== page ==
February 16, 2018 Read More →

IEEFA Update: How Will Westmoreland Coal’s Deepening Spiral End?

Disappearing Market Capitalization and Unsustainable Debt

We’ve just published a research brief of interest to any person, community, business, or investor with ties to Westmoreland Coal Co.

The brief—“Westmoreland Coal Is in Trouble”—lays out how the company, which produces coal for electricity generation, is hobbled by debt, is losing customers, has suffered a catastrophic drop in stock price, and appears to be on the verge of bankruptcy.

The Colorado-based company’s holdings are far-flung, with major assets across a broad geographic area that includes Montana, New Mexico, Ohio, Wyoming, New Mexico, and Canada.

Our research brief notes that Westmoreland’s market capitalization has dwindled to about $10 million and that the company is buried in some $1.6 billion in debt.

Some additional takeaways, explained more fully in the brief:

  • Risk is growing for investors who own a piece of the company, whose credit rating has tanked and whose debt is now considered junk.
  • Electricity ratepayers and taxpayers in Montana and Wyoming are at potential financial risk because of their exposure to Westmoreland.
  • An Ohio subsidiary of Westmoreland that is sinking under the weight of unmanageable debt is in negotiations that may result in lenders taking over assets.
  • Westmoreland mines in New Mexico, North Dakota, and Texas have lost core customers.
  • Four Westmoreland mines in Alberta and two in Saskatchewan at are risk of closure as a result of energy policy changes in Canada.

The company is in dire straits in no small part because of questionable decisions by management, but also because the U.S. coal industry is in broad decline and facing serious headwinds.

Utilities across the U.S. continue to retire coal-fired units at a rapid pace, cutting heavily into demand for coal. The advanced age of many plants, alongside relatively high maintenance and operating costs, are making them unviable in competitive electric markets, where cheap natural gas and the falling cost of wind and solar generation are relentlessly stealing market share.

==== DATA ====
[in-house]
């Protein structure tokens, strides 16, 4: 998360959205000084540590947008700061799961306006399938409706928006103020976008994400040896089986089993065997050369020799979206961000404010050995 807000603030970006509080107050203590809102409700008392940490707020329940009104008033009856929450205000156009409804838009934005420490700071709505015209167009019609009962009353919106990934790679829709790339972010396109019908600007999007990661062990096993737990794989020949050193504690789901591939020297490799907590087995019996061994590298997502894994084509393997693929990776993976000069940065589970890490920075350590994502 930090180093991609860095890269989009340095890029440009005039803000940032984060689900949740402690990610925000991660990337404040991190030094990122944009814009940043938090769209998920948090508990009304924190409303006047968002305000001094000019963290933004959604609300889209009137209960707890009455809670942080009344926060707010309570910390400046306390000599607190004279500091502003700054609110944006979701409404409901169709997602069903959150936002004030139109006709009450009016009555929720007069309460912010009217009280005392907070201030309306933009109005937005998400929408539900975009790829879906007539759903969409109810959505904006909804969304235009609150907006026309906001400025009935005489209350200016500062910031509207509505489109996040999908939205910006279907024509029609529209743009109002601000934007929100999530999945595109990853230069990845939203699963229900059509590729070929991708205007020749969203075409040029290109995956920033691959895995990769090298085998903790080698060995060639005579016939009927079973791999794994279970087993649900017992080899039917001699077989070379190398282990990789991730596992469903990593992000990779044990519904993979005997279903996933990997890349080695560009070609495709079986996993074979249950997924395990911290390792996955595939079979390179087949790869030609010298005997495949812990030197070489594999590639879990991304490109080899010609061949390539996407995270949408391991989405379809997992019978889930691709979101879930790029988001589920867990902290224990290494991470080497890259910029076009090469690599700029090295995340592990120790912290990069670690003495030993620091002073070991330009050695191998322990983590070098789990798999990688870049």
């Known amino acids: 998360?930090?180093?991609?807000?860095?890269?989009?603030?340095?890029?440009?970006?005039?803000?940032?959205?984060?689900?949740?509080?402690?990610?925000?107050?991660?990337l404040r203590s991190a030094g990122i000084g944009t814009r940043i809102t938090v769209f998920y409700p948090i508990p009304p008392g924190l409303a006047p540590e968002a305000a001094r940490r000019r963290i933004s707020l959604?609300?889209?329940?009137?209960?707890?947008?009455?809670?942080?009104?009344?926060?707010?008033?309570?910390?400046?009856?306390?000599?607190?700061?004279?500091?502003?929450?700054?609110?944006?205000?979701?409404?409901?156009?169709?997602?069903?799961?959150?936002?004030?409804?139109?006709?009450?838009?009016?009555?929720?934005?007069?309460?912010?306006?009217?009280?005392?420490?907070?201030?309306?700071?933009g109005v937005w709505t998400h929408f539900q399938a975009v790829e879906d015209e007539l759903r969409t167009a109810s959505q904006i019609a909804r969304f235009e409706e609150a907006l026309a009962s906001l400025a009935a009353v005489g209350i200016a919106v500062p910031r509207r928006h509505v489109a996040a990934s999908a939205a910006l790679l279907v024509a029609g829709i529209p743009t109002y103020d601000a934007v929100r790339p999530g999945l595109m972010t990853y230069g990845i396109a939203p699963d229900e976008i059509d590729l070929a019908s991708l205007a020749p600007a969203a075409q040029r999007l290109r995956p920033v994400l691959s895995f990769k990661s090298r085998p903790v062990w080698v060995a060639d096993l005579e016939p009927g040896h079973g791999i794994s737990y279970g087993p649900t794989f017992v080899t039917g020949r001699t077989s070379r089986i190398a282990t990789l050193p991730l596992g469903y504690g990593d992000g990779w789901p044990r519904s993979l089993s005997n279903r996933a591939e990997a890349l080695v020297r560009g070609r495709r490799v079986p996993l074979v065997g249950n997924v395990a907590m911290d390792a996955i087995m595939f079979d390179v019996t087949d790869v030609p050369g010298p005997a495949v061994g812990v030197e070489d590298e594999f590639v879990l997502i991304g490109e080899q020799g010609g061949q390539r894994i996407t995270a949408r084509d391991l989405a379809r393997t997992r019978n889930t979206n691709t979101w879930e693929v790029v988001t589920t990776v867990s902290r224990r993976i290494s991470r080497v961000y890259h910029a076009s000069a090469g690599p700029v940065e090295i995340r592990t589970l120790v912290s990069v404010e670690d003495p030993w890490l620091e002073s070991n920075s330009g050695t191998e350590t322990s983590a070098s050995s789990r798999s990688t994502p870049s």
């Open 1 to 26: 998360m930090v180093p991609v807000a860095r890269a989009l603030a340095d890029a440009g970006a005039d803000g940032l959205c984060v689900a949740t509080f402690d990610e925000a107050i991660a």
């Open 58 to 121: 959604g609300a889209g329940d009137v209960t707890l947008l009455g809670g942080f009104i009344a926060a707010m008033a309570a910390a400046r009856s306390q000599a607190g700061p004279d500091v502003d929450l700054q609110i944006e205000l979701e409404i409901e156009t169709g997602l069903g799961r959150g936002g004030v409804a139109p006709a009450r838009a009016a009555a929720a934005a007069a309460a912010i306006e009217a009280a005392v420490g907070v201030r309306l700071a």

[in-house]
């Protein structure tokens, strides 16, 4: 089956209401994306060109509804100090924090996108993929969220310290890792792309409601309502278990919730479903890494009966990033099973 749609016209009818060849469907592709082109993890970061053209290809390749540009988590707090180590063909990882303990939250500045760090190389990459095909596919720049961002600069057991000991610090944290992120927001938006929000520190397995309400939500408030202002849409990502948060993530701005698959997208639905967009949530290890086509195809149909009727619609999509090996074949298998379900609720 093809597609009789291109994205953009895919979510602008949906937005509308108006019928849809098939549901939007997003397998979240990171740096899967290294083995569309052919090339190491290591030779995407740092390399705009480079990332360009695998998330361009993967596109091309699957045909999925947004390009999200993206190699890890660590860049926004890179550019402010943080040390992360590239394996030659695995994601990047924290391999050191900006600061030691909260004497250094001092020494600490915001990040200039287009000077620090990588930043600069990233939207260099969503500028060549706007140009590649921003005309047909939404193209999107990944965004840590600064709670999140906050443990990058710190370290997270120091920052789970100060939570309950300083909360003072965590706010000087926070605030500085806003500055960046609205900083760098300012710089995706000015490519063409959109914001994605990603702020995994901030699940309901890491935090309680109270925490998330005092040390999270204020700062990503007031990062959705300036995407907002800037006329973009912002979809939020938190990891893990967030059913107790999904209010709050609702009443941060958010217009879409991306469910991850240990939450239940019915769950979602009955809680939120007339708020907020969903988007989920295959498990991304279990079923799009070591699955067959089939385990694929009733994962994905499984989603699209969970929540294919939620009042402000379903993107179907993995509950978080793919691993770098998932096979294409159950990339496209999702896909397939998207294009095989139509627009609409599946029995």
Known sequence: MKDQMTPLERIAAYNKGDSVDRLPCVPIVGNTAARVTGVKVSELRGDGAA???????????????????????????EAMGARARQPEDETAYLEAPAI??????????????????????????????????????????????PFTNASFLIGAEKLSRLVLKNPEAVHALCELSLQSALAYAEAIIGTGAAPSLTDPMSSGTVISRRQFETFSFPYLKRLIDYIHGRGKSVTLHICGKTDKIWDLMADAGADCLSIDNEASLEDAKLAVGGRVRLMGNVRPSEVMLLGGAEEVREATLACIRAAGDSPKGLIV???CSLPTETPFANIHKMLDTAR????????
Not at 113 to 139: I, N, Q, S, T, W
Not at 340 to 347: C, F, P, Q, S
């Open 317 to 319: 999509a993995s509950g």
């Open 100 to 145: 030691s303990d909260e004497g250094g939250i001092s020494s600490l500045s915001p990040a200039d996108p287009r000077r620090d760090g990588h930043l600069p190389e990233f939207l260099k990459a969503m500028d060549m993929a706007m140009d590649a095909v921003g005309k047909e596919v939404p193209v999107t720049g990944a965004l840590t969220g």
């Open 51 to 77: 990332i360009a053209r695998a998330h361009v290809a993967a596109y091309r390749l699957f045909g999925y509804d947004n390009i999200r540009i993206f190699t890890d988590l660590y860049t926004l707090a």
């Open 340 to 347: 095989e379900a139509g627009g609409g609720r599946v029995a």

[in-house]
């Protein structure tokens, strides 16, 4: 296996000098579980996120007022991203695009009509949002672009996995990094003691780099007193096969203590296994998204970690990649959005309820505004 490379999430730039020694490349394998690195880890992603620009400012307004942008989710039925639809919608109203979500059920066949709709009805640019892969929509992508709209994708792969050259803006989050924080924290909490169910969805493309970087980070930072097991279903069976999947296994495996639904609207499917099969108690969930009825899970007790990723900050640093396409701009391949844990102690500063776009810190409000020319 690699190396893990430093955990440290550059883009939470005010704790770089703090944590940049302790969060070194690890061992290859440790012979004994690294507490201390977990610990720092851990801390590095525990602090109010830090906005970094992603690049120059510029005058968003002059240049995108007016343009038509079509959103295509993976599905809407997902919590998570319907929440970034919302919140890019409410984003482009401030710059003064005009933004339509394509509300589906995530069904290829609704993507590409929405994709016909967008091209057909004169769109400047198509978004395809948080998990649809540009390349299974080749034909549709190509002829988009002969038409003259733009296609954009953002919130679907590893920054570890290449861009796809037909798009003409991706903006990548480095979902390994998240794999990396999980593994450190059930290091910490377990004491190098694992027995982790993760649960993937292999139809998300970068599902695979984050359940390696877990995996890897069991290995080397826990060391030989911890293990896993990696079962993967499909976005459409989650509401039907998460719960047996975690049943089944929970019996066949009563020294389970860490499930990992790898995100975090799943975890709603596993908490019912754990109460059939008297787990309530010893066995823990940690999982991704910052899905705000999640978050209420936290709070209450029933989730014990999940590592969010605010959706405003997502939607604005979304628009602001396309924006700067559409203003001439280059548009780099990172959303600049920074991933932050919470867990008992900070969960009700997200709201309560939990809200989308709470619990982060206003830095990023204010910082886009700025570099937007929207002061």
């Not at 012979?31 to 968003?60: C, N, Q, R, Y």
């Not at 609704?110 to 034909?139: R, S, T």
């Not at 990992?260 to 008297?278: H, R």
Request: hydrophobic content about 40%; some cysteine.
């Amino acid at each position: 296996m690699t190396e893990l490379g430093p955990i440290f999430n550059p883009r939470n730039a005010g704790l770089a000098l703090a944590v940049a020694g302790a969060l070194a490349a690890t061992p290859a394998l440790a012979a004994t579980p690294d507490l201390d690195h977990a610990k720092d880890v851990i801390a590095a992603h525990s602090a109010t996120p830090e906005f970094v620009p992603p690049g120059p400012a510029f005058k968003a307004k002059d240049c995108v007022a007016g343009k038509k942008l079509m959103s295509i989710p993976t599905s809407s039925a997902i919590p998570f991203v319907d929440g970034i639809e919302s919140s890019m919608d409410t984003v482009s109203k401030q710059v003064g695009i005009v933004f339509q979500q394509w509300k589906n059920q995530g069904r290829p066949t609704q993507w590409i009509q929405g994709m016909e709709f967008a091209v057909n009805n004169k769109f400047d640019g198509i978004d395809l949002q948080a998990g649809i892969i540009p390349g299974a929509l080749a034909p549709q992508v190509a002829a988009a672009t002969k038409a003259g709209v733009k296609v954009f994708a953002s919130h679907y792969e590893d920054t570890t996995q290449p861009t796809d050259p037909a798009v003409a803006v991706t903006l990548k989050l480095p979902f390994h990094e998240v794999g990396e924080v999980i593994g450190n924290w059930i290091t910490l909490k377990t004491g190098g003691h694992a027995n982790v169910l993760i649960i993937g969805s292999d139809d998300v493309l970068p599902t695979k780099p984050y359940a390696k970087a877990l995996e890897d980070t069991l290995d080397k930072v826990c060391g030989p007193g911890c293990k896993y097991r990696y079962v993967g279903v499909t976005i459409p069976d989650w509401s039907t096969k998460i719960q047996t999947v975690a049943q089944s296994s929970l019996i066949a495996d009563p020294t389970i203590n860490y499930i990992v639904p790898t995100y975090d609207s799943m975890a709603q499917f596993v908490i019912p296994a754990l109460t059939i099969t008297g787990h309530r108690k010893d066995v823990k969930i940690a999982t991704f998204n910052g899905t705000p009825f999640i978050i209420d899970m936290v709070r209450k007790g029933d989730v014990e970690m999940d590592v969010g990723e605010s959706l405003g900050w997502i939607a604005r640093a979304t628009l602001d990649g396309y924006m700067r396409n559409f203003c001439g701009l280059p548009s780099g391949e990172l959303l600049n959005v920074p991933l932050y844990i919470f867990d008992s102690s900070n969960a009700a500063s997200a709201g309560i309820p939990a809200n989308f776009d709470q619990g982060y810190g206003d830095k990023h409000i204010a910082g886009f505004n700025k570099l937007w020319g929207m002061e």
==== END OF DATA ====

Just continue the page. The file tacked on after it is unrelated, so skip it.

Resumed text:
The coal mining industry as a whole has not adjusted to this new reality, leading to an intensely competitive, oversupplied thermal coal market with low- or nonexistent profit margins for many producers.

Notably, companies that appear to be doing better than some include those that have recently gone through bankruptcy.

Our research brief summary:

“The company’s current stock price is currently trading around 50 cents a share, reflecting an almost total loss in value over the past year. Westmoreland is well over a billion dollars in debt and faces debt-service costs that will only increase as interest rates rise. Its debt is in junk-bond territory and deteriorating. It continues to report losses, quarter after quarter. Its negotiations with lenders has led it to try to give away assets to avoid default. Intense competition, low prices, and overall falling demand for coal are also buffeting the company.”

“All of these suggest that Westmoreland is in a precarious financial position that stands to adversely affect its business and potentially expose investors, lenders—and, in some instances, ratepayers and taxpayers—to fallout should the company go bankrupt.”

We note also that while Westmoreland has a few customers in Asia, it depends almost entirely on thermal-coal sales in the U.S. and Canada, where an electricity-generation shift toward other sources—natural gas, wind, and solar—is gaining momentum.

Westmoreland Coal is not well-positioned for survival in in its current incarnation as this market shift continues.

Full research brief: “Westmoreland Coal Is in Trouble

Seth Feaster is an IEEFA energy data analyst.

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